WSG News Blog

WSG welcomes new Science Communications fellows

Washington Sea Grant (WSG) is happy to welcome two new Science Communications fellows, Jess Davis and Brian McGreal. As part of the communications team, Jess will contribute to the WSG News Blog, monthly newsletter and social media. Brian will write for the communications team as well as focus on event planning initiatives for WSG’s River & Ocean Film Festival.

Learn more about Jess and Brian below!

Jess Davis (she/her) grew up on the shores of the Mississippi Gulf Coast. Her fascination with the ocean began with family trips to the Gulf Islands National Seashore barrier islands and was cemented after witnessing the power of water during Hurricane Katrina. Her interest in the ocean eventually led her to a saltwater aquarium hobby, where she noticed that even incremental changes in the water chemistry altered the behavior of her corals. This hobby inspired her to pursue a degree in marine science with a minor in chemistry at the University of Southern Mississippi. During her time as an undergraduate, Jess conducted independent research investigating estuarine trace metal dynamics and the fate of organic UV filters commonly used in commercial sunscreens in the marine environment. Enthralled with both the organic and inorganic sides of marine chemistry, she sought graduate projects that fell at the intersection of these research interests. Jess is now pursuing her PhD at the University of Washington’s School of Oceanography. Her current research explores the interactions between trace metals and the dissolved organic carbon pool, where she aims to identify mechanisms that lead to the stabilization of trace metals in the ocean as metalorganic complexes. In a world where marine carbon dioxide removal is at the forefront of many scientific and governmental minds, Jess is excited to gain experience in making scientific research accessible to those from all walks of life as a Washington Sea Grant Science Communications fellow.


Brian McGreal was born and raised in Los Angeles, California, but has since spent time living in Oregon, Arizona and Washington. Brian’s academic focus is on the management of common pool resources with multiple stakeholders. He graduated with a MS in applied econometrics and policy analysis from the University of Arizona’s Department of Agricultural and Resource Economics in December 2021. At Arizona, Brian’s interest in common pool resources led him to study water management, a critical field of inquiry in the arid southwest. He is the primary author of two issues of the University of Arizona Water Resources Research Center’s annual Arroyo publication, as well as a peer reviewed publication based on his thesis work examining economic and climatic drivers of irrigators’ water use decisions.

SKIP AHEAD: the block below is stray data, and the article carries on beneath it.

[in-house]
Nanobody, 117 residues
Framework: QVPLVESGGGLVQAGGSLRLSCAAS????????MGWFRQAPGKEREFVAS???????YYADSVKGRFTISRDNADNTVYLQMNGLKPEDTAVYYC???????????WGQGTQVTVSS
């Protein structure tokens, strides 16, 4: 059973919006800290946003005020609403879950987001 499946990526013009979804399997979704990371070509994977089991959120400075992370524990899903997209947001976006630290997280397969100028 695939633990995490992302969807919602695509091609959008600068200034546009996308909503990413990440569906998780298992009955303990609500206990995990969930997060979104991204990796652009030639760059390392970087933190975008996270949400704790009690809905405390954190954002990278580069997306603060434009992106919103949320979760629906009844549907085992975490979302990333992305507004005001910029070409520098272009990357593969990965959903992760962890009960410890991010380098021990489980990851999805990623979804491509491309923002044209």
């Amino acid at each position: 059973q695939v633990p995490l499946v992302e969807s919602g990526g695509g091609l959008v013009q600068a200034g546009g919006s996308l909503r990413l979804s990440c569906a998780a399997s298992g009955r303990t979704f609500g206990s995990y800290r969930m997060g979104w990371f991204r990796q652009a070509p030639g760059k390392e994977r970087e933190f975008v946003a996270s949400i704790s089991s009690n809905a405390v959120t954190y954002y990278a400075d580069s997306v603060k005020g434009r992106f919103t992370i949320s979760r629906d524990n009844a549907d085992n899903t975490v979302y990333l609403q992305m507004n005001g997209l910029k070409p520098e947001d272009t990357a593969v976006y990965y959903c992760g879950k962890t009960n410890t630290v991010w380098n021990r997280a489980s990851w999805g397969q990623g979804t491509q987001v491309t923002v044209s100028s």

Brian is currently pursuing a PhD in quantitative ecology and resource management at the University of Washington, where his research involves habitat driven effects on and best management practices for salmon populations. Like water resources in the southwest, Pacific salmon exist at the intersection of multiple often competing interests, socially, economically and ecologically. While his work is primarily quantitative, Brian is passionate about the integration of quantitative and qualitative science in terrestrial and aquatic ecology and natural resource management, and endeavors to include human perspectives in his work. He is excited to be serving as a 2024 Washington Sea Grant Science Communications fellow.



Washington Sea Grant, based at the University of Washington, helps people and marine life thrive through research, technical expertise and education supporting the responsible use and conservation of coastal ecosystems. The National Sea Grant College Program is part of the National Oceanic and Atmospheric Administration, U.S. Department of Commerce.